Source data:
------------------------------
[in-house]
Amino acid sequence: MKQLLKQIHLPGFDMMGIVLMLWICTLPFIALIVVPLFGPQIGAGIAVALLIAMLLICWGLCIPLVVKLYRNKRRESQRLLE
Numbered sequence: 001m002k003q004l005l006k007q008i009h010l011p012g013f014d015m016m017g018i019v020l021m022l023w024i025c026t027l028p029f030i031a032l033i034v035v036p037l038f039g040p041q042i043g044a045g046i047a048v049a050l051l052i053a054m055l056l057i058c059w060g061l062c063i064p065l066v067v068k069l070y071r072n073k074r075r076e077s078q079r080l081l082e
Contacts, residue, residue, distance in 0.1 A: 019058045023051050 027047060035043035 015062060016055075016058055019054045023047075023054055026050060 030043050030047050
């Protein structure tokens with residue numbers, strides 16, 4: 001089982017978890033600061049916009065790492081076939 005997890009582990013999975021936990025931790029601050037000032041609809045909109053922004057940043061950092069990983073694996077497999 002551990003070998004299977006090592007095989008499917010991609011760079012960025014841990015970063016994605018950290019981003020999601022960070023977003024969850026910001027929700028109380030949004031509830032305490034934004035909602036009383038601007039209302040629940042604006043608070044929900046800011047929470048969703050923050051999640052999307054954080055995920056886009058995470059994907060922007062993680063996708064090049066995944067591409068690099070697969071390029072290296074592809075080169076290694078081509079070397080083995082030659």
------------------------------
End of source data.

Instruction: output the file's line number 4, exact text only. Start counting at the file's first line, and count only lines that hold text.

Contacts, residue, residue, distance in 0.1 A: 019058045023051050 027047060035043035 015062060016055075016058055019054045023047075023054055026050060 030043050030047050